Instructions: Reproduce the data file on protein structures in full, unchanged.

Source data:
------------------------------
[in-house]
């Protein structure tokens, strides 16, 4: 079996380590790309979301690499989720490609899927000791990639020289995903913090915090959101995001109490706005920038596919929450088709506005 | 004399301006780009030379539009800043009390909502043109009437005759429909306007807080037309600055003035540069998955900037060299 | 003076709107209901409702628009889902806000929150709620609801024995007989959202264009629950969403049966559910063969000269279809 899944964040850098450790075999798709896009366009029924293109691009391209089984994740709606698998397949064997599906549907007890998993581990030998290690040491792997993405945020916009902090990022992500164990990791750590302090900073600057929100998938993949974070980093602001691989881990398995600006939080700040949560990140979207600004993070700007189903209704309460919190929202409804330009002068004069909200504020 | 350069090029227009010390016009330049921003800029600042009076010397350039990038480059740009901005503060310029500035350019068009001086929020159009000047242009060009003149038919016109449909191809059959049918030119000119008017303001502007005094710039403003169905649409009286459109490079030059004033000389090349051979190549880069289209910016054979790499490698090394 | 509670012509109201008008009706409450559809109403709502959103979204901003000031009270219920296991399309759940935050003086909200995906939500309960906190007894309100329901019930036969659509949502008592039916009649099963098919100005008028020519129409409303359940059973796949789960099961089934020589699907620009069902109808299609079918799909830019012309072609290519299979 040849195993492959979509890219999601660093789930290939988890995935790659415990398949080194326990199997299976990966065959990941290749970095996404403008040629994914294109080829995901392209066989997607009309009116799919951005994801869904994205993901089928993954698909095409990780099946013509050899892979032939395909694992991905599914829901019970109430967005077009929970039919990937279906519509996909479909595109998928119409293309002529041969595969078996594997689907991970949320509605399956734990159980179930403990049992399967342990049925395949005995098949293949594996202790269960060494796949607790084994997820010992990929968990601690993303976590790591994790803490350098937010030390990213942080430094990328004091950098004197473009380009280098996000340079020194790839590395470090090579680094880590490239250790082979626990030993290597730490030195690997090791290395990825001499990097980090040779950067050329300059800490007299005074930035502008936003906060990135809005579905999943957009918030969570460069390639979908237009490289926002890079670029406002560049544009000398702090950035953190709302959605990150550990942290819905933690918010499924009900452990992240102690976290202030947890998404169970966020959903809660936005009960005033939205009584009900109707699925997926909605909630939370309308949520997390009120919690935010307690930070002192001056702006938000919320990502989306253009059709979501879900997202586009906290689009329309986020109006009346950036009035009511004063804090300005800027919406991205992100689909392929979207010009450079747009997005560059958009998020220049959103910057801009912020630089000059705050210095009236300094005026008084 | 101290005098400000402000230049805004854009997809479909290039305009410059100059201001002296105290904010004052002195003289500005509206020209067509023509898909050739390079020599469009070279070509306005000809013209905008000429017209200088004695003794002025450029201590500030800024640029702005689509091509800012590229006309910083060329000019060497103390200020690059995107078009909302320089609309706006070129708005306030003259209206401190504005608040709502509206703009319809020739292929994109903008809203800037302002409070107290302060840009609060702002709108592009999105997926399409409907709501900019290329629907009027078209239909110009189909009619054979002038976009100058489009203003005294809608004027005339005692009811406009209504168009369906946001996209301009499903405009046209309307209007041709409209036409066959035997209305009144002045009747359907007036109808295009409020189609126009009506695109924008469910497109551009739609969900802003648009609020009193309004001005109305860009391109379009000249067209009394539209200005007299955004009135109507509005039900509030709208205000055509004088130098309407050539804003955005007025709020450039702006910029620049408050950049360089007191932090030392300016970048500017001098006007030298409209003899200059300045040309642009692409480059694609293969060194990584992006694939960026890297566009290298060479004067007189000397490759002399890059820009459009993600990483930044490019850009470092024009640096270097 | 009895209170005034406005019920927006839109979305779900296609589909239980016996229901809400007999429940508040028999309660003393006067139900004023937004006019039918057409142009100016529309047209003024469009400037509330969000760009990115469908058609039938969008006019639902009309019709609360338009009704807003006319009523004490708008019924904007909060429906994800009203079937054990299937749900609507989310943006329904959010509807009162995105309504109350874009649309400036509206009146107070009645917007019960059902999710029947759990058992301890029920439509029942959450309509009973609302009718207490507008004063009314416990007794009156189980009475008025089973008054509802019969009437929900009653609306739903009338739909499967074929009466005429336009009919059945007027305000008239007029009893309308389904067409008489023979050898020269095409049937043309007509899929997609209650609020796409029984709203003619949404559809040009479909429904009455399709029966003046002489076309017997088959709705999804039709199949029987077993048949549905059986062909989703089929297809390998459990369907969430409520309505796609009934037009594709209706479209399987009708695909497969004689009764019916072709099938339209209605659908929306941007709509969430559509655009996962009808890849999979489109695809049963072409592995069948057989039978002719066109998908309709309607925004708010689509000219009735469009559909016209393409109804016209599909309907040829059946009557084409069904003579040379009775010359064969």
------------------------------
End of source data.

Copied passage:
[in-house]
């Protein structure tokens, strides 16, 4: 079996380590790309979301690499989720490609899927000791990639020289995903913090915090959101995001109490706005920038596919929450088709506005 | 004399301006780009030379539009800043009390909502043109009437005759429909306007807080037309600055003035540069998955900037060299 | 003076709107209901409702628009889902806000929150709620609801024995007989959202264009629950969403049966559910063969000269279809 899944964040850098450790075999798709896009366009029924293109691009391209089984994740709606698998397949064997599906549907007890998993581990030998290690040491792997993405945020916009902090990022992500164990990791750590302090900073600057929100998938993949974070980093602001691989881990398995600006939080700040949560990140979207600004993070700007189903209704309460919190929202409804330009002068004069909200504020 | 350069090029227009010390016009330049921003800029600042009076010397350039990038480059740009901005503060310029500035350019068009001086929020159009000047242009060009003149038919016109449909191809059959049918030119000119008017303001502007005094710039403003169905649409009286459109490079030059004033000389090349051979190549880069289209910016054979790499490698090394 | 509670012509109201008008009706409450559809109403709502959103979204901003000031009270219920296991399309759940935050003086909200995906939500309960906190007894309100329901019930036969659509949502008592039916009649099963098919100005008028020519129409409303359940059973796949789960099961089934020589699907620009069902109808299609079918799909830019012309072609290519299979 040849195993492959979509890219999601660093789930290939988890995935790659415990398949080194326990199997299976990966065959990941290749970095996404403008040629994914294109080829995901392209066989997607009309009116799919951005994801869904994205993901089928993954698909095409990780099946013509050899892979032939395909694992991905599914829901019970109430967005077009929970039919990937279906519509996909479909595109998928119409293309002529041969595969078996594997689907991970949320509605399956734990159980179930403990049992399967342990049925395949005995098949293949594996202790269960060494796949607790084994997820010992990929968990601690993303976590790591994790803490350098937010030390990213942080430094990328004091950098004197473009380009280098996000340079020194790839590395470090090579680094880590490239250790082979626990030993290597730490030195690997090791290395990825001499990097980090040779950067050329300059800490007299005074930035502008936003906060990135809005579905999943957009918030969570460069390639979908237009490289926002890079670029406002560049544009000398702090950035953190709302959605990150550990942290819905933690918010499924009900452990992240102690976290202030947890998404169970966020959903809660936005009960005033939205009584009900109707699925997926909605909630939370309308949520997390009120919690935010307690930070002192001056702006938000919320990502989306253009059709979501879900997202586009906290689009329309986020109006009346950036009035009511004063804090300005800027919406991205992100689909392929979207010009450079747009997005560059958009998020220049959103910057801009912020630089000059705050210095009236300094005026008084 | 101290005098400000402000230049805004854009997809479909290039305009410059100059201001002296105290904010004052002195003289500005509206020209067509023509898909050739390079020599469009070279070509306005000809013209905008000429017209200088004695003794002025450029201590500030800024640029702005689509091509800012590229006309910083060329000019060497103390200020690059995107078009909302320089609309706006070129708005306030003259209206401190504005608040709502509206703009319809020739292929994109903008809203800037302002409070107290302060840009609060702002709108592009999105997926399409409907709501900019290329629907009027078209239909110009189909009619054979002038976009100058489009203003005294809608004027005339005692009811406009209504168009369906946001996209301009499903405009046209309307209007041709409209036409066959035997209305009144002045009747359907007036109808295009409020189609126009009506695109924008469910497109551009739609969900802003648009609020009193309004001005109305860009391109379009000249067209009394539209200005007299955004009135109507509005039900509030709208205000055509004088130098309407050539804003955005007025709020450039702006910029620049408050950049360089007191932090030392300016970048500017001098006007030298409209003899200059300045040309642009692409480059694609293969060194990584992006694939960026890297566009290298060479004067007189000397490759002399890059820009459009993600990483930044490019850009470092024009640096270097 | 009895209170005034406005019920927006839109979305779900296609589909239980016996229901809400007999429940508040028999309660003393006067139900004023937004006019039918057409142009100016529309047209003024469009400037509330969000760009990115469908058609039938969008006019639902009309019709609360338009009704807003006319009523004490708008019924904007909060429906994800009203079937054990299937749900609507989310943006329904959010509807009162995105309504109350874009649309400036509206009146107070009645917007019960059902999710029947759990058992301890029920439509029942959450309509009973609302009718207490507008004063009314416990007794009156189980009475008025089973008054509802019969009437929900009653609306739903009338739909499967074929009466005429336009009919059945007027305000008239007029009893309308389904067409008489023979050898020269095409049937043309007509899929997609209650609020796409029984709203003619949404559809040009479909429904009455399709029966003046002489076309017997088959709705999804039709199949029987077993048949549905059986062909989703089929297809390998459990369907969430409520309505796609009934037009594709209706479209399987009708695909497969004689009764019916072709099938339209209605659908929306941007709509969430559509655009996962009808890849999979489109695809049963072409592995069948057989039978002719066109998908309709309607925004708010689509000219009735469009559909016209393409109804016209599909309907040829059946009557084409069904003579040379009775010359064969």